It is told that Saint Boniface, a monk from Crediton, Devonshire, England who established Christian churches in France and Germany in the 7th Century, one day came upon a group of pagans gathered around a big oak tree about to sacrifice a child to the god Thor. To stop the sacrifice and save the child’s life Boniface felled the tree with one mighty blow of his fist. In its place grew a small fir tree. The saint told the pagan worshipers that the tiny fir was the Tree of Life and stood for the eternal life of Christ.
It is also told that Saint Boniface used the triangular shape of the fir tree to describe the Holy Trinity of God the Father, Son and Holy Ghost. By the 12th Century, Christmas trees were hung from ceilings as a symbol of Christianity. However, in that time, for a reason no one could yet explain, the trees were hung upside down.
Trees as symbols
Trees were a symbol of life long before Christianity. Ancient Egyptians brought green palm branches into their homes on the shortest day of the year in December as a symbol of life’s triumph over death. Ancient Finns used sacred groves instead of temples. Romans adorned their homes with evergreens during Saturnalia, a winter festival in honour of Saturnus, their god of agriculture. Druid priests decorated oak trees with golden apples for their winter solstice festivities. During December in the Middle Ages, trees were hung with red apples as a symbol of the feast of Adam and Eve, and called the Paradise Tree.
Martin Luther (1483 – 1546) is said to be the first to have decorated a Christmas tree with candles to show children how the stars twinkled through the dark night.
The first Christmas trees
The first reference of a fir tree decorated for Christmas is at Riga in Latvia in 1510. In 1521, the Princess Hlne de Mecklembourg introduced the Christmas tree to Paris after marrying the Duke of Orleans. There also is a printed reference to Christmas trees in Germany, dated 1531. Another famous reference, to 1601, is about a visitor to Strasbourg, Germany (now part of France) who noticed a family decorating a tree with “wafers and golden sugar-twists (barley sugar) and paper flowers of all colours.”
The Christmas tree was introduced to the United States by German settlers and by Hessian mercenaries paid to fight in the Revolutionary War. In 1804, US soldiers stationed at Fort Dearborn (Chicago) hauled trees from surrounding woods to their barracks.
Britain was introduced to the Christmas tree in 1841, when Queen Victoria’s German husband, Prince Albert brought a Christmas tree to Windsor Castle for the Royal family. The custom of of the Christmas tree spread quickly to the middle class, to working people, and throughout the colonies (where the Empire’s flag would sometimes top the tree).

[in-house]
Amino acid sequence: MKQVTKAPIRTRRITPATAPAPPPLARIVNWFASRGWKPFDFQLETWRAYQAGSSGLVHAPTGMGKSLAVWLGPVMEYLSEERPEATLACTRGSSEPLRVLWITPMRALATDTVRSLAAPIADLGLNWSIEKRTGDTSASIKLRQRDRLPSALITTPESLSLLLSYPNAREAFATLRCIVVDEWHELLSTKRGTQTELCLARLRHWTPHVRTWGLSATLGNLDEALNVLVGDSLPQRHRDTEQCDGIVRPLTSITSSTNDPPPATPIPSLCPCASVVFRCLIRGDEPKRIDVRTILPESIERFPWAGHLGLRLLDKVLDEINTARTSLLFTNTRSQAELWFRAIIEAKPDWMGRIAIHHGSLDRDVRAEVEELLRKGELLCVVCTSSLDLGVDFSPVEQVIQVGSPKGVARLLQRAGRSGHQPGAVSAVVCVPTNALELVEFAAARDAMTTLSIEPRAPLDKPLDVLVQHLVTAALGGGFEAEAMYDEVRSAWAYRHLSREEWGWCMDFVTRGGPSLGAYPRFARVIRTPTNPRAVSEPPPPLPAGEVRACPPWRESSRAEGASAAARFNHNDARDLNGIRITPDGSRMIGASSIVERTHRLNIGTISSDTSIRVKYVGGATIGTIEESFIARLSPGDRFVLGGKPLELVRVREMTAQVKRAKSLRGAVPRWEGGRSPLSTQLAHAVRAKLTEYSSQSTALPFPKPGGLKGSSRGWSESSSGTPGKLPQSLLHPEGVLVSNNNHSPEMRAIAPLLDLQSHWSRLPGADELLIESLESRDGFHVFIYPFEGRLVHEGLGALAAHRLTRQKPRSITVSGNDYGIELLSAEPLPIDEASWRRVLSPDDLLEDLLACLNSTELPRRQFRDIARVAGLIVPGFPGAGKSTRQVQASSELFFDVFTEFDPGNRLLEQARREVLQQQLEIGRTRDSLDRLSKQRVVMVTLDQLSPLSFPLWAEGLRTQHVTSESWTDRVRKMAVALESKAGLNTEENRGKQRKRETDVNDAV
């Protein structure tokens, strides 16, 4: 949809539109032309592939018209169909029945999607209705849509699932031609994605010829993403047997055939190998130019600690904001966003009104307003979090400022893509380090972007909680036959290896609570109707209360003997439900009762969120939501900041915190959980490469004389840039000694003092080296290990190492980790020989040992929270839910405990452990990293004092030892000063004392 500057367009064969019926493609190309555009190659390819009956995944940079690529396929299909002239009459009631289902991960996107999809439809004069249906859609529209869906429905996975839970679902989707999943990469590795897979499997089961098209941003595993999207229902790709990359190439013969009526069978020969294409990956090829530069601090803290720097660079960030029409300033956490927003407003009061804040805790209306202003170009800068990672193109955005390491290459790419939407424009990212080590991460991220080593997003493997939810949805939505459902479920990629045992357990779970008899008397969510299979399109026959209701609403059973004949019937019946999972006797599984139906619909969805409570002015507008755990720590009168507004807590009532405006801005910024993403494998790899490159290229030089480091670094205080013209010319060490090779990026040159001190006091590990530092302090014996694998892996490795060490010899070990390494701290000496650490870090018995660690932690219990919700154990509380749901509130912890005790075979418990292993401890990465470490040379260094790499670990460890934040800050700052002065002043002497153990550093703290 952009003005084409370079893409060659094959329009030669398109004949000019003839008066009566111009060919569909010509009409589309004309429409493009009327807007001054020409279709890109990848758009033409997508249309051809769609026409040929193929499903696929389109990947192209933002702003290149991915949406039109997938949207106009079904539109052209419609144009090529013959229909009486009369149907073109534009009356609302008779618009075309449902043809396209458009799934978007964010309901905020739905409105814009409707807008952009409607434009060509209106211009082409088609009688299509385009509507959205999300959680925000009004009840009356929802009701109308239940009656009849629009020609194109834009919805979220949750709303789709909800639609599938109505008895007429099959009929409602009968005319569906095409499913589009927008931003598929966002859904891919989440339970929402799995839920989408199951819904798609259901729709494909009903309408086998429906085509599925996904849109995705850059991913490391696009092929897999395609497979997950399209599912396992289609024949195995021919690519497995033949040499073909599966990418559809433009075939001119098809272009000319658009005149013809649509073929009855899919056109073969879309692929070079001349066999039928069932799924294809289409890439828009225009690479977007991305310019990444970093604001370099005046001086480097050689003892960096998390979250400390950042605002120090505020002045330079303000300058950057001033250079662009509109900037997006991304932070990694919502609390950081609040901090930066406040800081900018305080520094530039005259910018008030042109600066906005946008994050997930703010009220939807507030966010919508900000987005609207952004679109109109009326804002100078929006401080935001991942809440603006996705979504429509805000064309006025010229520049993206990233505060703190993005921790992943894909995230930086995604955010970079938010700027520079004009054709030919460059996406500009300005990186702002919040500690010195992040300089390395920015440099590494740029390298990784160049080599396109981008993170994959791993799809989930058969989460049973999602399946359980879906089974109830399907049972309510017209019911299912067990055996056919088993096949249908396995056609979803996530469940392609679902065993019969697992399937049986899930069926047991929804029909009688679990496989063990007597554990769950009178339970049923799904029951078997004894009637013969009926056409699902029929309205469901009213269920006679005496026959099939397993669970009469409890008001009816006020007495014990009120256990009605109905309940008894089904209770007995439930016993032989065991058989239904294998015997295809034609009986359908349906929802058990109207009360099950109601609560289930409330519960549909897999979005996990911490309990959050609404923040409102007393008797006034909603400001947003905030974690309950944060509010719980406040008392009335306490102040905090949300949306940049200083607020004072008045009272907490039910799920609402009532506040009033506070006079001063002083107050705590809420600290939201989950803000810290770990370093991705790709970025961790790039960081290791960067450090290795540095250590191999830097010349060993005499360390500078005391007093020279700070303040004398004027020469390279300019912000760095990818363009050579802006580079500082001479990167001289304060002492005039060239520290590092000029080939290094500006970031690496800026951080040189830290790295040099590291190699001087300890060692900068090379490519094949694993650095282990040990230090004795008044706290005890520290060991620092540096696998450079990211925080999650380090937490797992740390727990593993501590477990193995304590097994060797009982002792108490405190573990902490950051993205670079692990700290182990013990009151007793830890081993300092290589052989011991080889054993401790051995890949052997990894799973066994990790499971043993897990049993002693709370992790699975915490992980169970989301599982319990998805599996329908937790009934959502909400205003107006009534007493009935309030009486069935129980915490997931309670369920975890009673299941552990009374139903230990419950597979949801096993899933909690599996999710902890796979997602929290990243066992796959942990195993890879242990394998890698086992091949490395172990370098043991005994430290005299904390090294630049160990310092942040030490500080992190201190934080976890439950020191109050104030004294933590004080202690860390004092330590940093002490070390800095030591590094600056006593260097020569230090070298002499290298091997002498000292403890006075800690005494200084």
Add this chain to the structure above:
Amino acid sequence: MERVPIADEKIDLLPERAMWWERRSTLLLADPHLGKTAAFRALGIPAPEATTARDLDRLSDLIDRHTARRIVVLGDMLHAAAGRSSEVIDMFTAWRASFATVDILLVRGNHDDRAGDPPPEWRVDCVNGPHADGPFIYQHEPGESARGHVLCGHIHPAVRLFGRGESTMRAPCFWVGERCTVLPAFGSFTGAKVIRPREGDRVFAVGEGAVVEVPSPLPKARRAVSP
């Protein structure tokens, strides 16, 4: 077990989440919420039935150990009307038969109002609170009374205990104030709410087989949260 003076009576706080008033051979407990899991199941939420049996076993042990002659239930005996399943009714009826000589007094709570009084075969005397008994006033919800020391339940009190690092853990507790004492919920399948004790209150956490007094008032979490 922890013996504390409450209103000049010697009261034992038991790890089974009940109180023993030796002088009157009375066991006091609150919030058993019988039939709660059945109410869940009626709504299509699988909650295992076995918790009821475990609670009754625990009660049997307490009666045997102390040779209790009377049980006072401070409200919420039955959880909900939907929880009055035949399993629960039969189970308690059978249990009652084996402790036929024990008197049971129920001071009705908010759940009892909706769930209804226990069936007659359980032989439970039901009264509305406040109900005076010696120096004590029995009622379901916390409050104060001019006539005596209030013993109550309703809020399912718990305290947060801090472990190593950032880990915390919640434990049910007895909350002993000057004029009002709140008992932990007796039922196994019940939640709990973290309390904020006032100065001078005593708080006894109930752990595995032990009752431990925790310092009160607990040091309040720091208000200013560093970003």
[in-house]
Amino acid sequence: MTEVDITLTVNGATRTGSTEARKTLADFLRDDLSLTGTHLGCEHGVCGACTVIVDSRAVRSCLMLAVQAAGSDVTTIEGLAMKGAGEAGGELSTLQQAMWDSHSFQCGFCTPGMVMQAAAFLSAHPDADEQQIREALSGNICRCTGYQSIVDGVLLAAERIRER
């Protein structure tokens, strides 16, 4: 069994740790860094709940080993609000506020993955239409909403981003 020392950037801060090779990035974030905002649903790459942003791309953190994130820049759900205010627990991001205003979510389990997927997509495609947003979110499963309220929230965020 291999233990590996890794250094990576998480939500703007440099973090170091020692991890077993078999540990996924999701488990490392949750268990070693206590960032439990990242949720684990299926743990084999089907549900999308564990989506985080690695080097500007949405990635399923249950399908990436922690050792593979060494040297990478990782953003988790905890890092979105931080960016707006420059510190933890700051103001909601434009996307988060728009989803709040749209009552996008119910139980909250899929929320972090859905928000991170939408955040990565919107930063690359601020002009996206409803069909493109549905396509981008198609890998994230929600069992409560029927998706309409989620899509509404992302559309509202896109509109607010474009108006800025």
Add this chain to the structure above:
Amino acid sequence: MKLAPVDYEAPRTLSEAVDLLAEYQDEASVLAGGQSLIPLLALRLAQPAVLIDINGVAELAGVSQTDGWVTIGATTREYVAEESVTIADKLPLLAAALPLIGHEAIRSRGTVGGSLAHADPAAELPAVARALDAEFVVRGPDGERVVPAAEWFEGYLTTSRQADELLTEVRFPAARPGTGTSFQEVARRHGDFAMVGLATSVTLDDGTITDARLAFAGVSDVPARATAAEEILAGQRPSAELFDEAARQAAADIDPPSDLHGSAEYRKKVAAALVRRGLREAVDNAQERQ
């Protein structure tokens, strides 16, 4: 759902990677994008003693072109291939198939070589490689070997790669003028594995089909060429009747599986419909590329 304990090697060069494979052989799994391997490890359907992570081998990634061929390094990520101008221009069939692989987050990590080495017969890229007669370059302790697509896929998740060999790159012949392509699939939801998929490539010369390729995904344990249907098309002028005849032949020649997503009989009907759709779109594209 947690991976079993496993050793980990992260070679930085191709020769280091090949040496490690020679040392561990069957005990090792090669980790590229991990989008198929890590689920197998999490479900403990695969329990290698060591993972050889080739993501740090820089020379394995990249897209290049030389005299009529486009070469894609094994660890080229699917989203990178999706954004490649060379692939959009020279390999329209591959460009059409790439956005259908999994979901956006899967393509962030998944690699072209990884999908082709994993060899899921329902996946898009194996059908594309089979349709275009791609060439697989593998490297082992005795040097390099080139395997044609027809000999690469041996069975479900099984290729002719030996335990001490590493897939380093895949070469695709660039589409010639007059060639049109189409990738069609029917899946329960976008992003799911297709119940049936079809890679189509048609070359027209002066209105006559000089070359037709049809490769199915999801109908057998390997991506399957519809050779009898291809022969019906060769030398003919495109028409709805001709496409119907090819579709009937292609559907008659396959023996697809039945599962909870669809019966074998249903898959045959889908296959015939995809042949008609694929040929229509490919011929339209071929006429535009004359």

Christmas tree angels were introduced in the 1850s.
Christmas tree decorations
Trees were decorated with apples, cakes and candies for many centuries. Martin Luther was the first to use candles on trees in the late 16th Century. In 1842, Charles Minnegrode introduced the custom of decorating trees to the US in Williamsburg, Virginia.
In 1850s, German company Lauscha, based in Thuringia, began to produce shaped glass bead garlands for Christmas trees. They also introduced the Rauschgoldengel, the Tingled-angel’, dressed in pure gilded tin. The glass ornaments reached Britain in the 1870s, and North America around 1880. In 1882, ornaments were complimented by electric Christmas lights. Edward Johnson, a colleague of Thomas Edison, lit a Christmas tree with a string of 80 small electric light bulbs which he had made himself. By 1890, the Christmas light strings were mass-produced. By 1900, stores put up large illuminated trees to lure the customers.
In 1851, Mark Carr hauled two sleds loaded with trees from the Catskills to the streets of New York and opened the first retail tree lot in the US.
The popular Goose Feather Tree was invented in the 1880s in Germany to combat the damage being done to fir trees at Christmas time. The first brush trees were created in the US by the Addis Brush Company. The Tom Smith Cracker Company – named after the inventor of Christmas crackers – also produced artificial Christmas trees for a while.
Every year since 1947 the people in Oslo have given a Christmas tree to the city of Westminster. The gift is an expression of goodwill and gratitude for Britain’s help to Norway during WWII.
The US tradition of National Christmas Tree Lighting Ceremony on the White House lawn was started in 1923 by President Calvin Coolidge.
The legend of the tinsel on the Christmas tree tells about a woman who had to care for a large family of children after her husband died. One Christmas, she prepared a tree to surprise the children. But because she worked alone to bring food to the table, she often had to work late into the night. When she wanted to bring the Christmas tree out, she saw that spiders had made webs all over it, from branch to branch. The Christ Child saw it and to spare her from sorrow, He changed the spiders’ webs into shining silver.
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